In technical terms, free radicals are chemicals that possess unpaired electrons in their outer electron orbits. To the layman, free radicals are chemicals that are chemically reactive and are unstable. Free radicals can be present in humans and their reactivity causes the free radicals to damage tissues by reacting with components of cells. Radicals can be oxygen base or nitrogen based. Examples of oxygen based free radicals in the human body include superoxide, hydroxyl, peroxyl, alkoxy and hydroperoxide radicals. Examples of nitrogen based free radicals include nitrogen dioxide, and nitric oxide. Both oxygen and nitrogen free radicals can be converted to other reactive compounds that are not free radicals but are still chemically damaging to tissues. These include hydrogen peroxide, hypochlorous acid, hypobromous acid and peroxynitrite.
Free radicals are a normal part of cellular metabolism
Free radicals are required in small amounts for normal cellular function. They are involved in important reactions and this activity drives cellular life. Free radicals are used as signal molecules by cells. Free radicals are also produced as part of the normal cellular metabolism as a byproduct of oxygen use. Free radicals are also used by the immune system to kill invading pathogens. Therefore, it is a misnomer to think of free radicals as bad. When confined to their normal cellular levels, free radicals are important chemicals that are required for life to exist.
Free radical activity must be contained
Free radical activity is controlled by another group of chemicals called antioxidants. These chemicals are able to inactivate free radicals and thus limit the damage they can do to cellular components. This inhibitory activity that is undertaken by antioxidants on free radicals is called free radical scavenging. Free radical scavenging is important, because without this scavenging, free radicals can initiate chain reactions of damage. In these chain reactions, the initial free radical damages a cellular component, turning the component into a free radical. This new free radical then damages other components, causing them to become free radicals. This chain reaction can proceed indefinitely until an antioxidant breaks the chain reaction.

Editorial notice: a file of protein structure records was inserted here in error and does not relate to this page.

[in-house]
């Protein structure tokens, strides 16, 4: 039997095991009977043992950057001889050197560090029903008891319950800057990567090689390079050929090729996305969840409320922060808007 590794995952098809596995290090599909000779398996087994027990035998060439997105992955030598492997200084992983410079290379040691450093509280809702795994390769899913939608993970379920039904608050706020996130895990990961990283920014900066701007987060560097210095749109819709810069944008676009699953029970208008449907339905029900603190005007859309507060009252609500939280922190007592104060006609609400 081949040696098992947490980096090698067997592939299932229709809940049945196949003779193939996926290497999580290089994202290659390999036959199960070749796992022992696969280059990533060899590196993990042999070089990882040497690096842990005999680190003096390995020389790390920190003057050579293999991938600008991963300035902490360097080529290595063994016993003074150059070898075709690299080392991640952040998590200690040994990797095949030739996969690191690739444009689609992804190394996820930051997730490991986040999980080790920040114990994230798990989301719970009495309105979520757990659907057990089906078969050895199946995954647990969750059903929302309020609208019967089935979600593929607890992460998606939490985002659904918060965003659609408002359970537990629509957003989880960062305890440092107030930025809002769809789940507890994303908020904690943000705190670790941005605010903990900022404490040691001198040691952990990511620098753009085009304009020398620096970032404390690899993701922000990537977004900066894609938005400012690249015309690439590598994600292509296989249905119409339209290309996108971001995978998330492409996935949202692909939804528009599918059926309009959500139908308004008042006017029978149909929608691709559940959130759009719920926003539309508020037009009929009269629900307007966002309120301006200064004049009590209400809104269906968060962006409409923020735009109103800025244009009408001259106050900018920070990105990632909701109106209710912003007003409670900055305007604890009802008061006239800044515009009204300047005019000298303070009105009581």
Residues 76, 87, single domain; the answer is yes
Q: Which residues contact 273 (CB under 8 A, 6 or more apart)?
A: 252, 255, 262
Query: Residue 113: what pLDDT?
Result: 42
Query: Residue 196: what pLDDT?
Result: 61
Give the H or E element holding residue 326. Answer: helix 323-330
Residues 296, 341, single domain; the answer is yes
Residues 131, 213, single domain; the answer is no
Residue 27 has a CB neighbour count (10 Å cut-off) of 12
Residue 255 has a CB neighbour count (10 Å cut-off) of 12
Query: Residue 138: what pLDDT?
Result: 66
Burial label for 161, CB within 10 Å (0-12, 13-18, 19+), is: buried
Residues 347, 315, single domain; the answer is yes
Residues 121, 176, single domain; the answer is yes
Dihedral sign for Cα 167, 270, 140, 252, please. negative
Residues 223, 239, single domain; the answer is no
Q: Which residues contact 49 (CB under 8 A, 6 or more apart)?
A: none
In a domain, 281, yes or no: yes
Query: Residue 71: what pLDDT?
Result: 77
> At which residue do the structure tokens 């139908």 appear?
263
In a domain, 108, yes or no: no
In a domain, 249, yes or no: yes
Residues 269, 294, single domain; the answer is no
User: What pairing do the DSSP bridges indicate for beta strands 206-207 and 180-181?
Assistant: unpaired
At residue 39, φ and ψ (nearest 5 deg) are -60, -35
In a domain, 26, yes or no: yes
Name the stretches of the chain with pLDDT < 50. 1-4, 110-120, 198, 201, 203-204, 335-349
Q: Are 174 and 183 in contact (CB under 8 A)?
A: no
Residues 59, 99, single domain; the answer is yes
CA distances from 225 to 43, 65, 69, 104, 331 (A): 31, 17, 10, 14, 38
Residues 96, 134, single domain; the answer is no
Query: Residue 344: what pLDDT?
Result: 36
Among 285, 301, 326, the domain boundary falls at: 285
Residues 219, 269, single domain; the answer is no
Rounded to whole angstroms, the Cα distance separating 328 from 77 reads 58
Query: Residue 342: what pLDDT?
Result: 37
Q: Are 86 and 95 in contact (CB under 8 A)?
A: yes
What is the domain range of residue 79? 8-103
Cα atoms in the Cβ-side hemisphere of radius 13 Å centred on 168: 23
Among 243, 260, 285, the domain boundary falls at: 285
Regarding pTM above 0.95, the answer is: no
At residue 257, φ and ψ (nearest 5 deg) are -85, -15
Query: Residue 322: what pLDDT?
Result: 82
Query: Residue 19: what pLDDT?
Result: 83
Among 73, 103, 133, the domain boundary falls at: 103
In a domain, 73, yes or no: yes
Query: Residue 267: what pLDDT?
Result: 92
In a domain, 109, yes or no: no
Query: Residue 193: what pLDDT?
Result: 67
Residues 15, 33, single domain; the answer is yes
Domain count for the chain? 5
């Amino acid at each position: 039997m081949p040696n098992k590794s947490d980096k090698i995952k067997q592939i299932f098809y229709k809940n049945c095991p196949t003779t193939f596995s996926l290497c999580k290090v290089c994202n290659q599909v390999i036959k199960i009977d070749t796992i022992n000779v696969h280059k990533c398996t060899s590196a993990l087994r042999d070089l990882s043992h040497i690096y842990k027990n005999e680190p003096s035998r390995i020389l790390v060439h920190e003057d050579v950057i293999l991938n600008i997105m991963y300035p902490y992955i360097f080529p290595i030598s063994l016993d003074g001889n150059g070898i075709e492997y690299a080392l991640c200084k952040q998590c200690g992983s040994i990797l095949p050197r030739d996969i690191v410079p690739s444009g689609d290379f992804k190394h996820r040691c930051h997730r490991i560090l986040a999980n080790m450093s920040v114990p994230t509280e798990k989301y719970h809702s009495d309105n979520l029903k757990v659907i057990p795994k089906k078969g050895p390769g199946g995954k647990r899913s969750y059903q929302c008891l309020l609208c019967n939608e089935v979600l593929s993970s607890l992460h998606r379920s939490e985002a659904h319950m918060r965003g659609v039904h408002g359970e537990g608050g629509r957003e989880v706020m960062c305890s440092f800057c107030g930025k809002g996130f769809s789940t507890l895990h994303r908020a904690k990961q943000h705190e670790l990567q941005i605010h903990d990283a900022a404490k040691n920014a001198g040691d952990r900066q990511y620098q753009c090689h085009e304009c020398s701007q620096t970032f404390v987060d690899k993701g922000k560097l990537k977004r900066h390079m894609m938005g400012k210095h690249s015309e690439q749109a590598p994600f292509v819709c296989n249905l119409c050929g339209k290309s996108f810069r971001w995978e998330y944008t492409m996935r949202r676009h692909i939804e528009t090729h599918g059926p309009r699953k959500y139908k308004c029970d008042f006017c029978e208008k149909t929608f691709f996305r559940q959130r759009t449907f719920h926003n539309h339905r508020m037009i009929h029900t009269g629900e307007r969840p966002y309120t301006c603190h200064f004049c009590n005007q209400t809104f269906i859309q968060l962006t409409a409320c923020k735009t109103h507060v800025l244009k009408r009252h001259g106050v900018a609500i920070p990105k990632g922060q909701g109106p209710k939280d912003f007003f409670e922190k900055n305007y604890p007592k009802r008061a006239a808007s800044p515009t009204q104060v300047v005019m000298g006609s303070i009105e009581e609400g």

Antioxidants can be dietary or cellular
Free radical chain breaking antioxidants can be derived from the diet or be produced naturally in cells. Dietary antioxidants include vitamins such as vitamin C and vitamin E, as well as a large number of chemicals derived from plants including polyphenols and carotenoids. Some antioxidants are produced naturally in cells and these include enzymes such as glutathione peroxidase and superoxide dismutase. However diet still plays a role in the production of the cellular antioxidants as glutathione peroxidase requires the mineral selenium and superoxide requires the minerals manganese or zinc. Many other dietary components including amino acids can also function as antioxidants.
Do free radicals cause disease?
Yes, free radical have been linked to the development of a number of diseases including cancer, cardiovascular disease, metabolic syndrome, diabetes, obesity, arthritis and dementia. These diseases are all Western lifestyle diseases, and their development is associated with poor quality diets which are low in antioxidant nutrients. One theory suggests that these diseases develop over the course of decades through a gradual destruction or normal cellular function caused by a continual exposure of cellular components to free radicals. Insulin resistance may also be caused by free radical damage to the insulin receptor.
Do antioxidants prevent disease?
Yes, studies clearly show a consistent benefit for dietary antioxidants in the prevention of disease. Those with the highest intakes of antioxidants are protected from many of the major lifestyle diseases of the West including cancer and cardiovascular disease. Supplementation of individuals with dietary antioxidants significantly improves their health by reducing the production of free radicals. Optimising dietary intake of selenium has been shown to improve glutathione peroxidase production and this in turn can significantly decrease free radical damage and the risk of certain diseases.
What are good dietary sources of antioxidants?
Most plant foods contain antioxidants. Rich sources of antioxidants include black tea, green tea, red wine, chocolate and herbs and spices. Fruits and vegetables are rich in antioxidants with berries being a particularly good source. Dietary levels of minerals required to stimulate antioxidant activity in cells can vary between foods and so a good all round multivitamin can optimise intakes of these important minerals. Nuts and seeds are also excellent sources of antioxidants, particularly vitamin E. Citrus fruit, kiwi fruit and brassica vegetables are very good sources of vitamin C.
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